Monday, August 9, 2010

Change Your Point of View

I've been working on a story that I thought was done.  I mean, not done done, but done with all the major stuff.  Then someone came along and poked some pretty big holes in my story and, after beating my face on my desk, I set about the work of addressing the issues.

The problem is that I'm having difficulty seeing how to make some of the changes.  This weekend I realized it came down to my inability to see beyond the constraints that I've placed on myself.  I've been telling the story from this one point of view for so long that I am having trouble seeing the world through fresh eyes.  I'm trapped by my inability to change.  I sat at my desk for hours trying to figure out how to make my main character see things differently.  But that's the thing:  maybe he can't.

So the logical solution seemed to be to look at the story through another character's eyes.  I'm not necessarily going to change the point of view from which I narrate the story, but when I look at the story through my antagonist's eyes or the eyes of a love interest or even a secondary character, the world inevitably looks different and I'm able to see some possible solutions to the problems that I'm having.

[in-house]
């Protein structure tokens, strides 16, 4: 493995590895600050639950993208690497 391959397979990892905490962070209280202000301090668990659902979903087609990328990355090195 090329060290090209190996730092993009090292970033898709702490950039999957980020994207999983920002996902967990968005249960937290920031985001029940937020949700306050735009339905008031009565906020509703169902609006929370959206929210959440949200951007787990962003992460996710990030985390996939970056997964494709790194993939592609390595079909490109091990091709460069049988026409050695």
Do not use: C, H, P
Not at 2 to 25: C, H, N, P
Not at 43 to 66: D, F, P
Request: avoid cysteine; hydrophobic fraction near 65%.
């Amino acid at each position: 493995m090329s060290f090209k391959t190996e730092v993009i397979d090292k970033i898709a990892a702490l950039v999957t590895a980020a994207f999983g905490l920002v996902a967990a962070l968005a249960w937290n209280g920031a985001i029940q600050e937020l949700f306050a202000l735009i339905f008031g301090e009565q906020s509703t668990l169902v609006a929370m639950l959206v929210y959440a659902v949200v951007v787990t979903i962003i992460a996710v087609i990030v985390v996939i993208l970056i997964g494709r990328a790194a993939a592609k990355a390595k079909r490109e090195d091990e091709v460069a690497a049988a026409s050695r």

Characters, like people, have their own sets of beliefs, ways of thinking, and methods of doing things.  More than once I've sat and stared at a problem for DAYS and then someone comes up and says, "Oh, yeah, why don't you just do..."  and then they hand me the simple solution to my problem.  Looking at your story through the eyes of another character can force you to do the same thing.  The answer might be right in front of you if you know how to look for it.

As for me:  I'm going to beat my head on the desk a couple more times and then get back to work.  Happy Monday.


  1. What a good point! I've never considered that Shaun, thanks for sharing.

    So just because you don't want to write a chapter from another character's POV doesn't mean you can't consider the plot from their position, and then work it into the narrative in an appropriate way.

  2. Matthew: Any time! I get so single-mindedly bogged down in doing things a certain way that it's difficult for me to see other points of view. Thinking about the story from another character's perspective really helped :)

  3. Sound advice, Shaun! Next time, I get into a hole, I'll have to try this.

  4. This is also a great argument for critique partners. Here's wishing any revision is rewarding and relatively painless.


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